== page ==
On Mon, Jun 16, 2014 at 2:54 PM, Angus Salkeld <angus.salk...@rackspace.com>
wrote:

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> On 17/06/14 02:46, Ben Nemec wrote:
> > On 06/16/2014 08:37 AM, Thierry Carrez wrote:
> >> Sean Dague wrote:
> >>> Hacking 0.9 series was released pretty late for Juno. The entire
> >>> check queue was flooded this morning with requirements proposals
> >>> failing pep8 because of it (so at 6am EST we were waiting 1.5 hrs
> >>> for a check node).
> >>>
> >>> The previous soft policy with pep8 updates was that we set a
> >>> pep8 version basically release week, and changes stopped being
> >>> done for style after first milestone.
> >>>
> >>> I think in the spirit of that we should revert the hacking
> >>> requirements update back to the 0.8 series for Juno. We're past
> >>> milestone 1, so shouldn't be working on style only fixes at this
> >>> point.
> >>>
> >>> Proposed review here - https://review.openstack.org/#/c/100231/
> >>>
> >>> I also think in future hacking major releases need to happen
> >>> within one week of release, or not at all for that series.
> >
> >> We may also have reached a size where changing style rules is just
> >> too costly, whatever the moment in the cycle. I think it's good
> >> that we have rules to enforce a minimum of common style, but the
> >> added value of those extra rules is limited, while their impact on
> >> the common gate grows as we add more projects.
> >
> > A few thoughts:
> >
> > 1) I disagree with the proposition that hacking updates can only
> > happen in the first week after release.  I get that there needs to be
> > a cutoff, but I don't think one week is reasonable.  Even if we
> > release in the first week, you're still going to be dealing with
> > hacking updates for the rest of the cycle as projects adopt the new
> > rules at their leisure.  I don't like retroactively applying milestone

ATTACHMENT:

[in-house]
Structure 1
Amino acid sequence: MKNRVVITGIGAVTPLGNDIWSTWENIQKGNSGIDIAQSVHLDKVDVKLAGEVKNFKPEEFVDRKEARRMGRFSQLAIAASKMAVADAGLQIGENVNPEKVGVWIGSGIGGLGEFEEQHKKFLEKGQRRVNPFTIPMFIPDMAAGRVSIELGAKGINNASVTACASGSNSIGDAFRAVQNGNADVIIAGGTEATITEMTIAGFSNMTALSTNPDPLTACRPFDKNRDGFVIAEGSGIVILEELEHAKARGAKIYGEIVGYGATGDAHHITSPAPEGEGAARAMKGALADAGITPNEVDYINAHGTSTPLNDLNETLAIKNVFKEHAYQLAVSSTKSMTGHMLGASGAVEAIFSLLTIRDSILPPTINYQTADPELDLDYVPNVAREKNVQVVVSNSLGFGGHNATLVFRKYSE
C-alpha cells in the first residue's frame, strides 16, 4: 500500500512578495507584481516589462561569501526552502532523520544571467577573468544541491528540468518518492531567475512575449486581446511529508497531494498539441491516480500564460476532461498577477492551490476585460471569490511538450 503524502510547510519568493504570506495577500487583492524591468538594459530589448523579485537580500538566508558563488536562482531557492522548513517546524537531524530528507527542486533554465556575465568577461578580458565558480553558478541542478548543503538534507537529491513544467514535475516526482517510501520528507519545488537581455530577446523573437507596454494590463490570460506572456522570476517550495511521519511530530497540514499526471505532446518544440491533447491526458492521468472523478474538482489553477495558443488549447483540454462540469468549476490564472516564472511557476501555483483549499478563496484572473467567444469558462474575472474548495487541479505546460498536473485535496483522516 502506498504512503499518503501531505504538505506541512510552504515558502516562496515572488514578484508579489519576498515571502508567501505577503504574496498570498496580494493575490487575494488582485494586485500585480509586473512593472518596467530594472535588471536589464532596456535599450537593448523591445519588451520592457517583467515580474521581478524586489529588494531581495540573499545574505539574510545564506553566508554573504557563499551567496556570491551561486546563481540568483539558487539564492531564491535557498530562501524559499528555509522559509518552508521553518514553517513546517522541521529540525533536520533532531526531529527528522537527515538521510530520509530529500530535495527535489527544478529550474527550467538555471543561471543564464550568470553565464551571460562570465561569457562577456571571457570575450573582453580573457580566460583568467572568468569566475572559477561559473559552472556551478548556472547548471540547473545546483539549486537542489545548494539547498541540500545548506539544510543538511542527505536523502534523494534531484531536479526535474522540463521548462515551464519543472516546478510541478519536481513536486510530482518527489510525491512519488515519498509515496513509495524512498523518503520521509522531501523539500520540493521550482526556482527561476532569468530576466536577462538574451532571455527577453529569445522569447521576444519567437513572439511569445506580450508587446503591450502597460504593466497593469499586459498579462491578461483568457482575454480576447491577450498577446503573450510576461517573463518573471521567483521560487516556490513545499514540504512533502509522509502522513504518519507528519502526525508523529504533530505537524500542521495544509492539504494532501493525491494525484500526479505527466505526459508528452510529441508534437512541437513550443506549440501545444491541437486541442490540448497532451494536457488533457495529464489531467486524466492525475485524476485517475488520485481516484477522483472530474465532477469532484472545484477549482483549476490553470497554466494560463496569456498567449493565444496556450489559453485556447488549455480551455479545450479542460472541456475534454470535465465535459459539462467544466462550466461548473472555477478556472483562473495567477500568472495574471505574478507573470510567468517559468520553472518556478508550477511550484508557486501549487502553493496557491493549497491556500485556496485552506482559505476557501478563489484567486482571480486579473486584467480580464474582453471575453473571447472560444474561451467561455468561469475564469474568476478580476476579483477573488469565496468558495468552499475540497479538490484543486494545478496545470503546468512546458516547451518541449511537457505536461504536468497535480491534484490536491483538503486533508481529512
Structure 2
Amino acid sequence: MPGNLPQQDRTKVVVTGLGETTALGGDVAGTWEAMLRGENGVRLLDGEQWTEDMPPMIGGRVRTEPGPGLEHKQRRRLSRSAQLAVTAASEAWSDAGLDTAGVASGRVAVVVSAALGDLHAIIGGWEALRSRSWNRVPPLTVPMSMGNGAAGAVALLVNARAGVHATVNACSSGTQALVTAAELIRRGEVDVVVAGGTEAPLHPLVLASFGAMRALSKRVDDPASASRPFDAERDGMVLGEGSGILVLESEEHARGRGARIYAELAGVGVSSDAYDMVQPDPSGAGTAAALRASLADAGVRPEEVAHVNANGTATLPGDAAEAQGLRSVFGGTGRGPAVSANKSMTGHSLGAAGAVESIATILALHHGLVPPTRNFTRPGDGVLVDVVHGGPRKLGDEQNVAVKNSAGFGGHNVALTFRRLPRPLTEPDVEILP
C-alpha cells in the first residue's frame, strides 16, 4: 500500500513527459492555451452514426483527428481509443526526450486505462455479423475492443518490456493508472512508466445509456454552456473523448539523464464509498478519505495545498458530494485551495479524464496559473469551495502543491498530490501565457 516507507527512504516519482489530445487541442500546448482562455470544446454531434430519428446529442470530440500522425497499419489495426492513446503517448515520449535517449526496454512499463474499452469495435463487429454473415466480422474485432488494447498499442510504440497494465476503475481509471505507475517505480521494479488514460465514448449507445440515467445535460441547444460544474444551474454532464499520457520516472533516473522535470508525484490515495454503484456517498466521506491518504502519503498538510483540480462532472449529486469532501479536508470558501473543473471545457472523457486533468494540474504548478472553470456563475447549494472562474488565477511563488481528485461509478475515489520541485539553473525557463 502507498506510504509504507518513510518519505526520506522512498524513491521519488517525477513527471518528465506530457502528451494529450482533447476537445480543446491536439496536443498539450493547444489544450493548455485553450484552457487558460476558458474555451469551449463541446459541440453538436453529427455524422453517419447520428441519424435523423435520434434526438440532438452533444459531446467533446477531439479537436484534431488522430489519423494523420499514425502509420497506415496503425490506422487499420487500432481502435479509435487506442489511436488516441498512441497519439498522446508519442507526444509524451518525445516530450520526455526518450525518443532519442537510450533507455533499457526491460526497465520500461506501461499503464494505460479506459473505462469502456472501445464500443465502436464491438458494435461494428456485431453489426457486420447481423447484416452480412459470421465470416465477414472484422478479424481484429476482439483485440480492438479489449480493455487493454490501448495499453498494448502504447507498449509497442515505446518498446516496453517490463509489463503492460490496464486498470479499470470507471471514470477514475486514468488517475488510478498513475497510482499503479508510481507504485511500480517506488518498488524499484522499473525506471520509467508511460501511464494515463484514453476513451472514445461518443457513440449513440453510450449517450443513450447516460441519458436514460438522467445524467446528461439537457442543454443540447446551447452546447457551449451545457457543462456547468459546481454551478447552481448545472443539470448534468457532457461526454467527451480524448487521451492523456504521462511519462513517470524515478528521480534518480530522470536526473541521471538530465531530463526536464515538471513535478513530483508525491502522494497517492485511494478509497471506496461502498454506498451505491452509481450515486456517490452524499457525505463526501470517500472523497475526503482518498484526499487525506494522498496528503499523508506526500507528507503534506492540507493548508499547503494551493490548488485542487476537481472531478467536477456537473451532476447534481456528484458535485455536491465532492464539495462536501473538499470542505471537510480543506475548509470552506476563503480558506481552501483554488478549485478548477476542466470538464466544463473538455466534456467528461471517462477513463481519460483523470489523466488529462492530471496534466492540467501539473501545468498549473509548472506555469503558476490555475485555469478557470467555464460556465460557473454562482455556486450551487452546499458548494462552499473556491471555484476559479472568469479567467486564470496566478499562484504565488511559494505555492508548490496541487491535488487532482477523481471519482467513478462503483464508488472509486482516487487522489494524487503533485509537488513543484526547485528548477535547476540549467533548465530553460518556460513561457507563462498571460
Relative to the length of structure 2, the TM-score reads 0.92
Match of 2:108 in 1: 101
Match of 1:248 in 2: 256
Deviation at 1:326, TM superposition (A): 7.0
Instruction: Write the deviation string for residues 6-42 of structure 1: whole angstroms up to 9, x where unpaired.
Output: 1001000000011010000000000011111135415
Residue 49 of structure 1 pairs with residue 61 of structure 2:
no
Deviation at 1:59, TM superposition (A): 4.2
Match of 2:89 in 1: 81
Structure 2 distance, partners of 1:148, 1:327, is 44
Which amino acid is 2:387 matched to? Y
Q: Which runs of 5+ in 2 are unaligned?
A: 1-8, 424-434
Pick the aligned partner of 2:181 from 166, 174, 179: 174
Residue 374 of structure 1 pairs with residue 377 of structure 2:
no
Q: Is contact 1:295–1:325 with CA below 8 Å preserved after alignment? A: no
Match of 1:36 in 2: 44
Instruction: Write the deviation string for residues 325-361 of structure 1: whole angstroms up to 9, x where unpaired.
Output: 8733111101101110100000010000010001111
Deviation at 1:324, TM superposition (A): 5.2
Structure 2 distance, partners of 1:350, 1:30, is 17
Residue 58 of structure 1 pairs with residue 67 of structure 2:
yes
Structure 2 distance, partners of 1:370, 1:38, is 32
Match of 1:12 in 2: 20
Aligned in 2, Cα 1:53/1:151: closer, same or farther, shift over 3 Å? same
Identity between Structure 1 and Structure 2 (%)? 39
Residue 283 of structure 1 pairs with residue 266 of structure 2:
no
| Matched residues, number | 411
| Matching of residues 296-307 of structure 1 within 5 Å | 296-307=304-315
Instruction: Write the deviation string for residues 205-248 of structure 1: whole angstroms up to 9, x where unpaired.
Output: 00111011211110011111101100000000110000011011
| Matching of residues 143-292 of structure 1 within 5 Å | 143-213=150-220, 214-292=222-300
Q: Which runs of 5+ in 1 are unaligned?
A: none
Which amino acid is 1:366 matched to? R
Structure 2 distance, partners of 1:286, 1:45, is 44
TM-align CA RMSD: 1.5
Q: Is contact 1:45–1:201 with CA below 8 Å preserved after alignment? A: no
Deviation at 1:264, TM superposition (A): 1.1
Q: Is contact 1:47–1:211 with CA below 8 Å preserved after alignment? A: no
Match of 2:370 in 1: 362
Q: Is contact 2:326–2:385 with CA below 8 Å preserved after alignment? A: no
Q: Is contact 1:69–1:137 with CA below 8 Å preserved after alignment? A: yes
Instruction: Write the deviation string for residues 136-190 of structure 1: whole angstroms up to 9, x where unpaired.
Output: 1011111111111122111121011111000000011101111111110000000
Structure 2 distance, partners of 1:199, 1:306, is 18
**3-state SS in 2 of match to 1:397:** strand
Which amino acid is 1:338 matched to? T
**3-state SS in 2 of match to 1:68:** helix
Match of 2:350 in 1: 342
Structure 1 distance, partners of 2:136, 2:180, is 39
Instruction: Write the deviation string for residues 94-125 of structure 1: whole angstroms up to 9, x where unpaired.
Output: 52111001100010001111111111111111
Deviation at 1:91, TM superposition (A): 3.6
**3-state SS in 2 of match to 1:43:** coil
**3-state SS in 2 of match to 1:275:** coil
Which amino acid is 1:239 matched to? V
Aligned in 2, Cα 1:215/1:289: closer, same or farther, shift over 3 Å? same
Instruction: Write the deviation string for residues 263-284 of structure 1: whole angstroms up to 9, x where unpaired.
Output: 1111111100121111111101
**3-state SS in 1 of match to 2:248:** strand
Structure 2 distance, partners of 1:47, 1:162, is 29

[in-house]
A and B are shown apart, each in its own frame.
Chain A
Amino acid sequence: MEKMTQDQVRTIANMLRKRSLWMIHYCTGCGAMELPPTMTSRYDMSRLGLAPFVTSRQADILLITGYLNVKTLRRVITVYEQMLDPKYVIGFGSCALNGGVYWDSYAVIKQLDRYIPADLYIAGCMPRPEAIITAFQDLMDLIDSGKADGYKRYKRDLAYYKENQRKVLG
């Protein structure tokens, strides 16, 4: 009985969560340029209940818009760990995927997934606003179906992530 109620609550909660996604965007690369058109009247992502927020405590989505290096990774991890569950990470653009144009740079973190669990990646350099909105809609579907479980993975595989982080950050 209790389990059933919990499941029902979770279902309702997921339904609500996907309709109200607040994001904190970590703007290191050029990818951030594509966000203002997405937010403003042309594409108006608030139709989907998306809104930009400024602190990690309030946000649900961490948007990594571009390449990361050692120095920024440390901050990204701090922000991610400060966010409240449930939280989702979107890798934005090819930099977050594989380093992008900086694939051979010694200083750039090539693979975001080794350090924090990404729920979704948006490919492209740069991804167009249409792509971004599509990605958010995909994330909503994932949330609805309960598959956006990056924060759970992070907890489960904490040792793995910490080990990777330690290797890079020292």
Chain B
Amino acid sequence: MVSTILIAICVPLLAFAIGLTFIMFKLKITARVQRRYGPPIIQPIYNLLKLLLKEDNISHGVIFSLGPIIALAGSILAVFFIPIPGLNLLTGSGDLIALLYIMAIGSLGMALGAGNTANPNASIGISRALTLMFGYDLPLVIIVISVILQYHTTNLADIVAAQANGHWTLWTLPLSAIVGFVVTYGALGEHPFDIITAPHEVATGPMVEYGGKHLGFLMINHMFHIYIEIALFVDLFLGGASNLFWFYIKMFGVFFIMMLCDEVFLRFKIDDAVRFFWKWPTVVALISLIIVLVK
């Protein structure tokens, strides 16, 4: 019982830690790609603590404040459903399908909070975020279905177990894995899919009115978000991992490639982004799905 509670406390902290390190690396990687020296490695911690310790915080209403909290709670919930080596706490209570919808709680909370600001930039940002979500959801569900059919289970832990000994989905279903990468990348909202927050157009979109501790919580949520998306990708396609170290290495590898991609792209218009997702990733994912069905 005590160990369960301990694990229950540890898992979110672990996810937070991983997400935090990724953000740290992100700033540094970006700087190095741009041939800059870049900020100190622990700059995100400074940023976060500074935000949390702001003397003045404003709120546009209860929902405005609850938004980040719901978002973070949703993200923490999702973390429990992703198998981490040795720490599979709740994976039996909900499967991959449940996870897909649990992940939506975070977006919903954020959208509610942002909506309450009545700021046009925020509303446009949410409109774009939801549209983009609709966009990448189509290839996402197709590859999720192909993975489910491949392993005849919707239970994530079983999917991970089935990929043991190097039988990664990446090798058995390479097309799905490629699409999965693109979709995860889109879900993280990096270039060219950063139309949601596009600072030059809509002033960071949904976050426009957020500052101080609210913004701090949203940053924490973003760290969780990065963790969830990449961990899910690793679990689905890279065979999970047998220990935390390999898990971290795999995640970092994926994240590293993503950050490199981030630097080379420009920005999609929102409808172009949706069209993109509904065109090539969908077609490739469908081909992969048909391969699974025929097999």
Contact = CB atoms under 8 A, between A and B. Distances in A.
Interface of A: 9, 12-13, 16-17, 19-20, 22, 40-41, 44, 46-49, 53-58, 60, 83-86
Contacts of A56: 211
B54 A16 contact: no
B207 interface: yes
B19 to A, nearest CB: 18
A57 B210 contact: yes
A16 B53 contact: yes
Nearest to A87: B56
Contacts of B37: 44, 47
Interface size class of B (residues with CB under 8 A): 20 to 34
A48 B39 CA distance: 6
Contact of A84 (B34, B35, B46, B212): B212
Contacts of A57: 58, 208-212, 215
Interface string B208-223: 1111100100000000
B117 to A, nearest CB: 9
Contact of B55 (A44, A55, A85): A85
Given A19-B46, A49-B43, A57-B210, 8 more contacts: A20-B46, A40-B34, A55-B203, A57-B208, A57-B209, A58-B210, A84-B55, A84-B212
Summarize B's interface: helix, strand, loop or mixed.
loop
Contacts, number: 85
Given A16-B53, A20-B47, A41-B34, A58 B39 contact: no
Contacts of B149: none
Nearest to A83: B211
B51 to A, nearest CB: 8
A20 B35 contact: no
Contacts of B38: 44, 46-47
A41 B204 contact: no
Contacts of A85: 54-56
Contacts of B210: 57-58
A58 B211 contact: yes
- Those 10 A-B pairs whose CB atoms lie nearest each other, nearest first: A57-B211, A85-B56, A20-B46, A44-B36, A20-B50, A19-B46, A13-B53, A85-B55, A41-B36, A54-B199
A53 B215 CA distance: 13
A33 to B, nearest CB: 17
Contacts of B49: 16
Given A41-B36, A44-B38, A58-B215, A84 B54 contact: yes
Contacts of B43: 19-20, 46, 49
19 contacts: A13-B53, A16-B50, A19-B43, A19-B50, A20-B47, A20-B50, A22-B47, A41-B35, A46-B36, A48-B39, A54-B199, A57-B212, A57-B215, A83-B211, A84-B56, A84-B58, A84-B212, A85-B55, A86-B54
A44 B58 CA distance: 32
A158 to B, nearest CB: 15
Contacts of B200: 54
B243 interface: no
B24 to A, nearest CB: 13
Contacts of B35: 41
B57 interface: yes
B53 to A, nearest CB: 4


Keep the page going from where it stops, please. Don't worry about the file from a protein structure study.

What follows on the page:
> > 1 as a cutoff either, although I could see making that the policy
> > going forward.
>
> Can't we move to a mode of enabling rules instead of ignoring them?
> If we did this in tox.ini then it wouldn't matter when you release
> hacking.
>
> [hacking]
> errors = H306,...
> ignore = H101
>
> So if you upgraded hacking you would not get the new checks generating
> errors, but only warnings.
>

This is out side the scope of hacking in and in the domain of the flake8
project, although we can easily contribute upstream to it.

As for warnings, I assume you mean we log the issue but don't gate on it, I
don't think anyone would pay attention to them, so not sure what the value
is.


>
> I guess the list of rules to error on would get big, but maybe we could
> have
> some short cuts (H3*,H2*)?
>
> At least the projects are a bit more in control of what rule they add.


> - -Angus
>
> >
> > 2) Given that most of the changes involved in fixing the new failures
> > are trivial, I think we should encourage combining the fixes into one
> > commit.  We _really_ don't need separate commits to fix H305 and H307.
> >  This doesn't help much with the reviewer load, but it should reduce
> > the gate load somewhat.  It violates the one change-one commit rule,
> > but "A foolish consistency..."
> >
> > 3) We should start requiring specs for all new hacking rules to make
> > sure we have consensus (I think oslo-specs is the place for this).  2
> > +2's doesn't really accomplish that.  We also may need to raise the
> > bar for inclusion of new rules - while I agree with all of the new
> > ones added in hacking .9, I wonder if some of them are really necessary.
> >
> > 4) I don't think we're at a point where we should freeze hacking
> > completely, however.  The import grouping and long line wrapping
> > checks in particular are things that reviewers have to enforce today,
> > and that has a significant, if less well-defined, cost too.  If we're
> > really going to say those rules can't be enforced by hacking then we
> > need to remove them from our hacking guidelines and start the long
> > process of educating reviewers to stop requiring them.  I'd rather
> > just deal with the pain of adding them to hacking one time and never
> > have to think about them again.  I'm less convinced the other two that
> > were added in .9 are necessary, but in any case these are discussions
> > that should happen in spec reviews going forward.
> >
> > 5) We may want to come up with some way to globally disable pep8
> > checks we don't want to enforce, since we don't have any control over
> > that but probably don't want to just stop updating pep8.  That could
> > make the pain of these updates much less.
> >
> > I could probably come up with a few more, but this is already too
> > wall-of-texty for my tastes. :-)
> >
> > -Ben
> >
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> >
>
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